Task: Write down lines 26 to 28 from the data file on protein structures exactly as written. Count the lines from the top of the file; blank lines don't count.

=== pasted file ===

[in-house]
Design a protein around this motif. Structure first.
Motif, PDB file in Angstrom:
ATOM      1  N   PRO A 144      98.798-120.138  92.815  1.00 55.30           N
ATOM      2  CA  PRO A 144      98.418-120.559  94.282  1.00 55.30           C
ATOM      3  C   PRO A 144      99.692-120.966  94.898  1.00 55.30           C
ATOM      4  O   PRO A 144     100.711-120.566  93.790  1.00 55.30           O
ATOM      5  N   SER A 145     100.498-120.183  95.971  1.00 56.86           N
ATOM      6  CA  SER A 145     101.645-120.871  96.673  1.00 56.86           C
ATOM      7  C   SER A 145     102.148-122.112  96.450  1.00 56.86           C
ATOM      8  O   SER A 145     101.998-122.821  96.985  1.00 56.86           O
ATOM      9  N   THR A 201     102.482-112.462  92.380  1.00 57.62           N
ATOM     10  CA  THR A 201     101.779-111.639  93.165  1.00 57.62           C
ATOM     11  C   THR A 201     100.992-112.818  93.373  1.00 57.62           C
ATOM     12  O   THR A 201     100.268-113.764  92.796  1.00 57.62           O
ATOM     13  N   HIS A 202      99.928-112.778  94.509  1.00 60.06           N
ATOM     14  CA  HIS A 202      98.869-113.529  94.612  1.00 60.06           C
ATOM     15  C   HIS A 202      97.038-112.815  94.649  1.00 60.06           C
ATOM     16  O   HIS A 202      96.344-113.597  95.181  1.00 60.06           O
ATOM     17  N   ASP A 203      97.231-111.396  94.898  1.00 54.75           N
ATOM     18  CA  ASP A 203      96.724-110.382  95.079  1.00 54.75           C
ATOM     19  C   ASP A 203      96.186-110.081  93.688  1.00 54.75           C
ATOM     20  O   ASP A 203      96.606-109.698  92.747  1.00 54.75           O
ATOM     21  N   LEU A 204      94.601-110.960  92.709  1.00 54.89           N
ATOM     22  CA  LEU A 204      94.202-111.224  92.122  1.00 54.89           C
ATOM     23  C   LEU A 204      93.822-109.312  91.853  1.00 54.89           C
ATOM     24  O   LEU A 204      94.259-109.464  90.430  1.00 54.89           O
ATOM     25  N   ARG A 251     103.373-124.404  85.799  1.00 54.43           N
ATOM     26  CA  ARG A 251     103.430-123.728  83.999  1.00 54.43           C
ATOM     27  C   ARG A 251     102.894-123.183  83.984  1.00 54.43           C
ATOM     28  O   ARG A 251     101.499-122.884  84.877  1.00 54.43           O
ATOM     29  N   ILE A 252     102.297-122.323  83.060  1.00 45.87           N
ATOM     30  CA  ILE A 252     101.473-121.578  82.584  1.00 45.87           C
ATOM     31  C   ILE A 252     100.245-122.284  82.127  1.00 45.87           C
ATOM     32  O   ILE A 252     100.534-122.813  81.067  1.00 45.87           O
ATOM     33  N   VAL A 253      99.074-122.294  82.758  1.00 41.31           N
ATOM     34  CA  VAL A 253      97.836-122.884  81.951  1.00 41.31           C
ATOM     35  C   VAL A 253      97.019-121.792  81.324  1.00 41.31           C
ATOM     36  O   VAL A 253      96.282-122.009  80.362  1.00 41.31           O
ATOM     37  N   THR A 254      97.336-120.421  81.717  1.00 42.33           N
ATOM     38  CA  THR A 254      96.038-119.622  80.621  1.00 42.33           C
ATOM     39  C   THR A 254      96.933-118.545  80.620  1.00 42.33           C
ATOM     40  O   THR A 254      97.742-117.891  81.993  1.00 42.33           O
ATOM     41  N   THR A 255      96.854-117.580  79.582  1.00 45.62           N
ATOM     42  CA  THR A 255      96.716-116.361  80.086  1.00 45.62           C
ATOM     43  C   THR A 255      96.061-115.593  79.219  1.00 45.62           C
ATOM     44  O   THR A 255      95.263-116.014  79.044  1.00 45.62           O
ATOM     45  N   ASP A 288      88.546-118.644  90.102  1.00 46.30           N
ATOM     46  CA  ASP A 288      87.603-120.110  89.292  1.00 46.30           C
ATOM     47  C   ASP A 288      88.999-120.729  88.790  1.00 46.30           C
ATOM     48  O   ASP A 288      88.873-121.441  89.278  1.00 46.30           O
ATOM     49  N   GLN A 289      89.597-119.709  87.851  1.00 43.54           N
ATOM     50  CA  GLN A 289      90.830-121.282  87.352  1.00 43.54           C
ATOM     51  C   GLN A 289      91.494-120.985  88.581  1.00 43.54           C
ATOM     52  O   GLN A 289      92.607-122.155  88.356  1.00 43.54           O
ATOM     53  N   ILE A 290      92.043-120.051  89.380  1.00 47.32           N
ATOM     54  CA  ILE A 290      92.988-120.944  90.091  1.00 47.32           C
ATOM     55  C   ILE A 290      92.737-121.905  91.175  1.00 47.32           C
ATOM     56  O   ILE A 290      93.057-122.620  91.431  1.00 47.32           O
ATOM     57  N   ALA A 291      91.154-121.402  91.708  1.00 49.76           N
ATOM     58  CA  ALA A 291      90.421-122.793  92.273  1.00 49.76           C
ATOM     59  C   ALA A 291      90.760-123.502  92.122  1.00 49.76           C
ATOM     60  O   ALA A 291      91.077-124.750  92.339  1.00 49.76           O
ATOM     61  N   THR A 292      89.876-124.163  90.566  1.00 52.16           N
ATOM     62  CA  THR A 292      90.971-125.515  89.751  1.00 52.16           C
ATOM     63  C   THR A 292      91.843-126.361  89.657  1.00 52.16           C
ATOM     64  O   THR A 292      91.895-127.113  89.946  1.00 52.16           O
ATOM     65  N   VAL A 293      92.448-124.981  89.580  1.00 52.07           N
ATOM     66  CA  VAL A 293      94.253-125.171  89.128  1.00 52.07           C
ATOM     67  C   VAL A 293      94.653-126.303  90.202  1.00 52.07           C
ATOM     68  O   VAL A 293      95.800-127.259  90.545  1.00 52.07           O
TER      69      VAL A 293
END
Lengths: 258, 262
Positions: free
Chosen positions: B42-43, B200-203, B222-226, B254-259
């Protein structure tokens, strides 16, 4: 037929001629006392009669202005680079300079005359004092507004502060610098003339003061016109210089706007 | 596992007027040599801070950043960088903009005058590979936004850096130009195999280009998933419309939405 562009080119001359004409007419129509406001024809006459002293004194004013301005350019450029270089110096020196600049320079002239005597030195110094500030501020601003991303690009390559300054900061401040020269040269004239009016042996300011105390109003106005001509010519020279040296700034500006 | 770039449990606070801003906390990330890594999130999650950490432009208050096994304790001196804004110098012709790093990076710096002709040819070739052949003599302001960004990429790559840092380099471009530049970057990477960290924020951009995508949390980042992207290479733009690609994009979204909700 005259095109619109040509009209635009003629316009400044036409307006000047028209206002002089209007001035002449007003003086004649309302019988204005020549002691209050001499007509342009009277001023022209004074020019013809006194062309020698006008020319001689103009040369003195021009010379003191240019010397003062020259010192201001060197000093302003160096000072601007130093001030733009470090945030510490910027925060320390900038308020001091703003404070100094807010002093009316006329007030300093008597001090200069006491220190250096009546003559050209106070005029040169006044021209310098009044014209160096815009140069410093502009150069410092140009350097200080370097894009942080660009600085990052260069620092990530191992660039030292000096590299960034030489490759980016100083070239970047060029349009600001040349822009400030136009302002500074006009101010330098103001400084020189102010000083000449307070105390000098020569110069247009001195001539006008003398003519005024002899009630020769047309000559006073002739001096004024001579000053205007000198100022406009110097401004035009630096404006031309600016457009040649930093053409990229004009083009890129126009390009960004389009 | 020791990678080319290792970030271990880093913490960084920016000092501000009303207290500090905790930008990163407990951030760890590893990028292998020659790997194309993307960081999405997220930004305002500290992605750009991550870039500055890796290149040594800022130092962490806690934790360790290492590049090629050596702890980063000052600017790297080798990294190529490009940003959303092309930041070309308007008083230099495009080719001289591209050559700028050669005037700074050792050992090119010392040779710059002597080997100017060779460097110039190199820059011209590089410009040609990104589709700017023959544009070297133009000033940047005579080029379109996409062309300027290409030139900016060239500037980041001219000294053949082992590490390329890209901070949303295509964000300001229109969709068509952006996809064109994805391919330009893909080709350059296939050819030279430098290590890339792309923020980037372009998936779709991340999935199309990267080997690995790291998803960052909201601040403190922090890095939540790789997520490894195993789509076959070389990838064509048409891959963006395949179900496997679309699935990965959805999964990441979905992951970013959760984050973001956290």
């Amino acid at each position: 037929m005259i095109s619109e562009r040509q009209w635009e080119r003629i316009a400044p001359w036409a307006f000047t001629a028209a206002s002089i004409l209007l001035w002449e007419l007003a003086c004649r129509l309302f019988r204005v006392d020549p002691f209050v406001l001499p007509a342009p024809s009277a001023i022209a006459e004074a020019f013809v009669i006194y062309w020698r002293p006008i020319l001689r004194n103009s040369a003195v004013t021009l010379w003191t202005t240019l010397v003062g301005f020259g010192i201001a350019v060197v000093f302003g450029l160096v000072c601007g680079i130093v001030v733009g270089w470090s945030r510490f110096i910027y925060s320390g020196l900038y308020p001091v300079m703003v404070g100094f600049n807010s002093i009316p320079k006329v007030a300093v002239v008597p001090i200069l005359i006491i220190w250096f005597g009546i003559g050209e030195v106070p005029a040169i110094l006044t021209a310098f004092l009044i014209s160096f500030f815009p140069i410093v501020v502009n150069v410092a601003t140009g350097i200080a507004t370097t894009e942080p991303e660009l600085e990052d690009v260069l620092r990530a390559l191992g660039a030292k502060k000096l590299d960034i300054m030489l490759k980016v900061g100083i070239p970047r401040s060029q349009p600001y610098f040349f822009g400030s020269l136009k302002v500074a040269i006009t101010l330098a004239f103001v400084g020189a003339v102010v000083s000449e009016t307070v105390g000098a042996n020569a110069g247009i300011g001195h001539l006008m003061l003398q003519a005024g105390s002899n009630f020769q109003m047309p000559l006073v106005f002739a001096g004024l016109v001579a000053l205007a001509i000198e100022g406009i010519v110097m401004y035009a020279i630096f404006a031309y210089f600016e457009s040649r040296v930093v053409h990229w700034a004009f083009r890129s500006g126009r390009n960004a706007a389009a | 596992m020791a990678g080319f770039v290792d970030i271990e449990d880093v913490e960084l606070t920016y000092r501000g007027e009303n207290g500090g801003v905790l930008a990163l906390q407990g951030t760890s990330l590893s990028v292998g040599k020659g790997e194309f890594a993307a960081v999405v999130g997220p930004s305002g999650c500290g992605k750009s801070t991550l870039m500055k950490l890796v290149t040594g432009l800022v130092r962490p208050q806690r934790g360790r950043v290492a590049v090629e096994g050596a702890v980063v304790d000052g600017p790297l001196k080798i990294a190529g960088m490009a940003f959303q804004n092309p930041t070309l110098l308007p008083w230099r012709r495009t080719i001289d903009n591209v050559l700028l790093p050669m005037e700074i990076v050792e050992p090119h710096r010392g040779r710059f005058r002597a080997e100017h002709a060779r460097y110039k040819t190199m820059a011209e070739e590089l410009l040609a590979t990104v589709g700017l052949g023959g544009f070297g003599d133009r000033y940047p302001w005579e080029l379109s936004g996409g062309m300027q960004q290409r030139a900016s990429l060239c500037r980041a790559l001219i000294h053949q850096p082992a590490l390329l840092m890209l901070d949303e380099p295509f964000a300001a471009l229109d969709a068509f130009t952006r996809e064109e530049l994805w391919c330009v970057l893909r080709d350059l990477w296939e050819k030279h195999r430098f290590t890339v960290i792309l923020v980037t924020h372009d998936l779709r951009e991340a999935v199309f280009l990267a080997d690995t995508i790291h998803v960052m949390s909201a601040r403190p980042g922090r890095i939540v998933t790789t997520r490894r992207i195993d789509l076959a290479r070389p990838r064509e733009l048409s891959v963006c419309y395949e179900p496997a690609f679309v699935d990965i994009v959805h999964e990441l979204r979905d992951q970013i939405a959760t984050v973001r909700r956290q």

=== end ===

ATOM     23  C   LEU A 204      93.822-109.312  91.853  1.00 54.89           C
ATOM     24  O   LEU A 204      94.259-109.464  90.430  1.00 54.89           O
ATOM     25  N   ARG A 251     103.373-124.404  85.799  1.00 54.43           N